A new vision for agriculture
momagri, movement for a world agricultural organization, is a think tank chaired by Christian Pèes.
It brings together, managers from the agricultural world and important people from external perspectives,
such as health, development, strategy and defense. Its objective is to promote regulation
of agricultural markets by creating new evaluation tools, such as economic models and indicators,
and by drawing up proposals for an agricultural and international food policy.
A look at the news

The new French Government action plan:
The end of biofuels?

September 24, 2012


On September 12, French Agriculture Minister Stéphane Le Foll presented the immediate steps and structural actions included in the Government’s plan announced the previous day by President François Holland during the International Livestock Trade Fair in Rennes. The plan calls for the creation of a new “cost-effective and environmentally efficient” agricultural model to fight price volatility. In times of market stress, France wishes to promote a national and international pause in the development of first-generation biofuels, which are “competing with food.”

As outlined in the action plan, the Government plans to “cap at seven percent the use of crop-based biofuels in fuels, and reach the 10 percent European Union target of renewable energy with the use of second-generation biofuels.” Lastly, if the investments and related employment are not challenged, the governmental road map specifies that the end to government support to first-generation biofuels will be progressively implemented starting in 2014, and be totally eliminated as of December 31, 2015.

Despite gathering rave reviews in the middle 2000s, biofuels and biotechnologies as a whole are now hotly debated issues between denigrators and followers. A fraud for some, a baseless trial for others, the fact remains that Stéphane Le Foll’s “pause” has been the subject of extensive comments. While many are welcoming this initiative and qualify it as “wise” (such as Xavier Beulin of the FNSEA) and positive (for the Coordination Rurale union), others are regretting the temporary suspension, as they feel that biofuels are not responsible for the price volatility of agricultural commodities in international markets. They are also mentioning a false debate regarding the competition between land earmarked for energy use and that designed for food production.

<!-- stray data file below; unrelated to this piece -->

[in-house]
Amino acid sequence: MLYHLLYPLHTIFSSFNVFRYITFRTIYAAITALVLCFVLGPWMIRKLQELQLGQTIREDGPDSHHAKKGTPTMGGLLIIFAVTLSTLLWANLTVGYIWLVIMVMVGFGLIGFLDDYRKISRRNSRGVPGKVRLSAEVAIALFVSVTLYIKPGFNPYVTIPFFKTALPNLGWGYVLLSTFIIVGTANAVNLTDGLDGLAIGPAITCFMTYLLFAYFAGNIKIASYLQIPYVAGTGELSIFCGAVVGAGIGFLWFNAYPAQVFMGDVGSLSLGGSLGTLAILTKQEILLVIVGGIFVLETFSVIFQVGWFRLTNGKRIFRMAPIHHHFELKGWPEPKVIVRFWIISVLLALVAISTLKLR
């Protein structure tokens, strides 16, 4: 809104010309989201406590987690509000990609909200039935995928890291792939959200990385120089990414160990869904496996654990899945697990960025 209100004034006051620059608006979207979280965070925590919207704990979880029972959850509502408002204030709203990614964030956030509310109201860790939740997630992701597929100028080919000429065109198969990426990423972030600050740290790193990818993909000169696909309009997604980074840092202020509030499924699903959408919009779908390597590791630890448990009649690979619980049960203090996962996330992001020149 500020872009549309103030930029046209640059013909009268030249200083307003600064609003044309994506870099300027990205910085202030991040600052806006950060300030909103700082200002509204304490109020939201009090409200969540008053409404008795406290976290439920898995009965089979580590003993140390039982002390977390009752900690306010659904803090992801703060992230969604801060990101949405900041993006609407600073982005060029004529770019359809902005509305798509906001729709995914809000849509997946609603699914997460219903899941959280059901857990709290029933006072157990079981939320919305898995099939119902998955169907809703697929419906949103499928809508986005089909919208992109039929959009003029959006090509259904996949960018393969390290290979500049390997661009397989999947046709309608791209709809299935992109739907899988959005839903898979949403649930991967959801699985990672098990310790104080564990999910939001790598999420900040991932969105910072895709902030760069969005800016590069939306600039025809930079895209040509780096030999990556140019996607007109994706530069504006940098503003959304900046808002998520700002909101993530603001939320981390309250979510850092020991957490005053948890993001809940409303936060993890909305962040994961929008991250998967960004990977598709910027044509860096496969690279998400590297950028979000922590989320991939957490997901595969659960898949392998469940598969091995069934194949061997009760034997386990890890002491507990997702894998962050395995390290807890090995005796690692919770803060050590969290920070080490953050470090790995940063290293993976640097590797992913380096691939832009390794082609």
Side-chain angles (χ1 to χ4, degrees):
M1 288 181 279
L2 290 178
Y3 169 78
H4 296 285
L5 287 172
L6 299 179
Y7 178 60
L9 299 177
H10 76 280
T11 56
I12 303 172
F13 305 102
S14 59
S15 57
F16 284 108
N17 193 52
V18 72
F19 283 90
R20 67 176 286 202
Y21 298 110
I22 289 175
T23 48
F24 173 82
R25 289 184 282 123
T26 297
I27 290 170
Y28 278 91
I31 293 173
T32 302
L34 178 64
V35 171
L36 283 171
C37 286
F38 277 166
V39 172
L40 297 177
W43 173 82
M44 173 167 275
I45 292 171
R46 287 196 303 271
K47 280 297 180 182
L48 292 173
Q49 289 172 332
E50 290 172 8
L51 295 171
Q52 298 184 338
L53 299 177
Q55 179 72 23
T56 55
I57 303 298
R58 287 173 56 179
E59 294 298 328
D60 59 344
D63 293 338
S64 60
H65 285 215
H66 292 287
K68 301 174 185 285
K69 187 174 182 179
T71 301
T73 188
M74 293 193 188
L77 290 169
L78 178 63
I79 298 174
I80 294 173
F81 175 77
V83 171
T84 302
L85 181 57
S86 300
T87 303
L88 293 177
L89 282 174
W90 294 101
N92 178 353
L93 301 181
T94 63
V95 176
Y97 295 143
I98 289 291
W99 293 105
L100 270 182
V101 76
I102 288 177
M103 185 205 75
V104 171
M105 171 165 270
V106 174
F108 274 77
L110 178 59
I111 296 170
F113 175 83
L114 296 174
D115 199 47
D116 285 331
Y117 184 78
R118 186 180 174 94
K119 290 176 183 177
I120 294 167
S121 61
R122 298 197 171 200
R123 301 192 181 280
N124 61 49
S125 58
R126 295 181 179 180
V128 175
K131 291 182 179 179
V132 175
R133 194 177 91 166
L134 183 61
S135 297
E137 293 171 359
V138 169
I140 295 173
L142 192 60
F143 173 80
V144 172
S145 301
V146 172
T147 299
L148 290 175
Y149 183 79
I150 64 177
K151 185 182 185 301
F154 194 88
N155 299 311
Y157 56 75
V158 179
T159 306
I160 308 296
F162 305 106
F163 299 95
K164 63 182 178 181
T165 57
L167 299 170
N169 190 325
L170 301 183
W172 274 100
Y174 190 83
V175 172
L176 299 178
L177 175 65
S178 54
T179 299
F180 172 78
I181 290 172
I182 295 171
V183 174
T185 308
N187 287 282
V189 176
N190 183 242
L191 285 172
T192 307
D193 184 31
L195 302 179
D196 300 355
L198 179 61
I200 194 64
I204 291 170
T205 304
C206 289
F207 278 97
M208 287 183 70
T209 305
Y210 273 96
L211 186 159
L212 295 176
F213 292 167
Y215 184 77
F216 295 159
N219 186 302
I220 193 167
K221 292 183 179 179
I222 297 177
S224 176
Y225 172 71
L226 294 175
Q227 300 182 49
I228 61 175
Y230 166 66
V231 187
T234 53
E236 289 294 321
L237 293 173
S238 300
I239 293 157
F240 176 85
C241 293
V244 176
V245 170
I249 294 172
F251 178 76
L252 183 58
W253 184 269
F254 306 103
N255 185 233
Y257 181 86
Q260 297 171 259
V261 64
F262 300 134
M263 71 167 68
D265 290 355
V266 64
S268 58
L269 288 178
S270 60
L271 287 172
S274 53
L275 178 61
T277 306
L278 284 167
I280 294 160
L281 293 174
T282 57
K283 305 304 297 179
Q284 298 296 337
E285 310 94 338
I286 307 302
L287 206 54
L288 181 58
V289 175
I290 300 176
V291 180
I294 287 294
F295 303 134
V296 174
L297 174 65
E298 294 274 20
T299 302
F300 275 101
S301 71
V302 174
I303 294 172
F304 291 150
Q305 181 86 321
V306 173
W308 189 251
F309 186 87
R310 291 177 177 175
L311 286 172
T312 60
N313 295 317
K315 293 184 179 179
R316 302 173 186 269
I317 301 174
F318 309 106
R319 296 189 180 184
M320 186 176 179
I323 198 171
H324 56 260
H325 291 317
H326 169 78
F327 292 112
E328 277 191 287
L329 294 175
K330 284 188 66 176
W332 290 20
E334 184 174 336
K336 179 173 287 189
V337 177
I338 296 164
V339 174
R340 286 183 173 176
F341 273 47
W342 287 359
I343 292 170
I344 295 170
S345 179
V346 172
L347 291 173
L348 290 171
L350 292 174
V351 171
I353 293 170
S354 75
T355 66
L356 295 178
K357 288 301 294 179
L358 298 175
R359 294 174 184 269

The controversy over biofuels signals once again the government’s versatility: Considered as a miracle only six years ago, biofuel has now become an environmental mirage for many people. Consequently, this new policy goal might change in a few years, at least as long as the understanding and steering instruments of agricultural markets are not improved. We should not forget that without the millions of tons of U.S. corn assigned to biofuels, grain prices would have collapsed, precipitating the bankrupcy of hundreds of thousands of farmers. Do not forget that if the severe drought hitting the United States today has such an impact it is because of the lack of security stocks. Today, it must certainly lead to emergency measures to ensure food security, but not to take measures discouraging the production of renewable biomass.There lays momagri’s objective to define long-term strategic directives that are not contingent on trends.

For one thing is clear, no agricultural policy can evolve if it does not include energy issues.
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Paris, 15 December 2018